Symbolic bird tracks, unrecognized as such, appear on objects unearthed by Heinrich Schliemann from Hissarlik in Asia Minor. Artifactual support for this contention comes from petroglyphs found in the south-western United States which Pueblo people identify as roadrunner (a type of cuckoo) tracks and identical renderings found by Schliemann. [Morphy, H. 1989] The close association of these two distinctive crosses on artifacts from Schliemann’s Troy could be considered coincidental and not necessarily avion-inspired were they found out of context, however, in Schliemann’s words:
In treating now of the various kinds of potteryof this third city, I begin with the owl-faced idols and vases, and I would repeatedly call very particular attention to the fact, that the idols, of which I collected about 700, are all of the same shape; that they represent in the rudest possible outlines a female form; and that, therefore, they cannot but be copies of the ancient Palladium, which was fabled to have fallen from heaven with joined feet.
Owls, like cuckoos, have zygodactylous or semizygodactylous (outer toe reversible) feet. Obviously these “Trojans” had an elaborate belief system which focused on the activities of a non-terrestrial bird of the night. With this in mind, a re-examination of artifacts recovered from Hissarlik could be quite revealing.
Another aspect of comets which is evident in ancient lore involves shape shifting. A comet is three dimensional and could appear as quite a different animal when viewed from a different angle. For instance, allowing that a foot-print signifies the creature, the fabled ability of Yu (mentioned above) to transform into a pheasant or bear can be easily understood as a radial view distinguished from an axial view of the same comet.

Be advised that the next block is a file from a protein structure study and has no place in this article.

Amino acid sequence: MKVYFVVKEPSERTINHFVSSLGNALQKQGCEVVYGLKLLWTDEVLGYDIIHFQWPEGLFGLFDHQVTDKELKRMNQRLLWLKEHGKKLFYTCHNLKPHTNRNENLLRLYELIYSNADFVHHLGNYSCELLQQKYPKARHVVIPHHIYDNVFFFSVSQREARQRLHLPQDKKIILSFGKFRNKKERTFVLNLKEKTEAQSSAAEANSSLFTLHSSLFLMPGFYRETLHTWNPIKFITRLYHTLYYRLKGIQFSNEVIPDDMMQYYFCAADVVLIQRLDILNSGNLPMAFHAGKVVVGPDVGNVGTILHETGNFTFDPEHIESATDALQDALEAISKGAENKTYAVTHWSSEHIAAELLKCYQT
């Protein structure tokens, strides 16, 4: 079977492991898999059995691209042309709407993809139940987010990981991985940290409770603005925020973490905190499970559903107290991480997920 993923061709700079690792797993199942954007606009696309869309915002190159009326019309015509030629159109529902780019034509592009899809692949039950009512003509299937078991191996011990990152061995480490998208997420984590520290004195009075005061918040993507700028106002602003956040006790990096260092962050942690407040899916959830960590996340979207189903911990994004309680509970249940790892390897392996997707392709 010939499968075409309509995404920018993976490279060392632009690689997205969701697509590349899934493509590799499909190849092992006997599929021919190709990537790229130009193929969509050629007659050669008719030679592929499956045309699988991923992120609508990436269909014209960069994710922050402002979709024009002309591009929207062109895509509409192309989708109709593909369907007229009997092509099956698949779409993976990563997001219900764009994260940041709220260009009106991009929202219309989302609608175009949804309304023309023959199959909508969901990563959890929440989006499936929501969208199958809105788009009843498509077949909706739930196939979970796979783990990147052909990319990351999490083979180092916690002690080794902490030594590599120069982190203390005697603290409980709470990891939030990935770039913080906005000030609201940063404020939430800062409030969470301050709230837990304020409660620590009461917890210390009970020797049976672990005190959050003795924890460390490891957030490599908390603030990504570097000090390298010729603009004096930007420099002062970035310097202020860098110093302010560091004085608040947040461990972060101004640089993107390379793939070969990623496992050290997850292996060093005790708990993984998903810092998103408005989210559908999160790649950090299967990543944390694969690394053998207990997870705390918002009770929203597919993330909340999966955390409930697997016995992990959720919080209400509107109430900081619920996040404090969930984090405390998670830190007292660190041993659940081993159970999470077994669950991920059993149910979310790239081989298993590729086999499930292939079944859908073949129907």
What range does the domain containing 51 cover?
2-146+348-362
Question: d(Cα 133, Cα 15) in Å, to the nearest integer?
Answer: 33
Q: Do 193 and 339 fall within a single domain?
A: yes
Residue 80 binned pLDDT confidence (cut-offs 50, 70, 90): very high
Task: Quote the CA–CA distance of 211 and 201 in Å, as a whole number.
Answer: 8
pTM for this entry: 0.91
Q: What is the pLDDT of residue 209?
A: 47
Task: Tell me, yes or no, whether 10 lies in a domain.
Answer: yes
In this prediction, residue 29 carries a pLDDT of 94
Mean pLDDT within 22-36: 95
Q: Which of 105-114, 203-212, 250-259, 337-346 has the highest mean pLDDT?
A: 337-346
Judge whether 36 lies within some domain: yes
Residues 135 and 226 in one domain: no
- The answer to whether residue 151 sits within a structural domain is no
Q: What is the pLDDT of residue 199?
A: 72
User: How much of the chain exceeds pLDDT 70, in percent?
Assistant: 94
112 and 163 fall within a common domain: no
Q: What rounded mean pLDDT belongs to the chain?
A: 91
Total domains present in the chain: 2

Comets can also change spontaneously; a gas emitting area could become dust covered and extinguish a jet, a piece of the comet could break away, creating another comet, perhaps initially more flamboyant than its parent. Our ancestors’ stories speak of these weakening gods and fantastic births; however, until now, our ears heard only gibberish.
Another motif which is found around the world is the concentric circle. Astronomers, with the aid of a telescope, have reported, and drawn pictures of, comets which exhibit concentric rings, so it is likely that some of these ancient renderings, often pecked in stone, represent comets. There is, however, probably another phenomenon more often represented by these ancient bull’s-eyes–a bolide storm.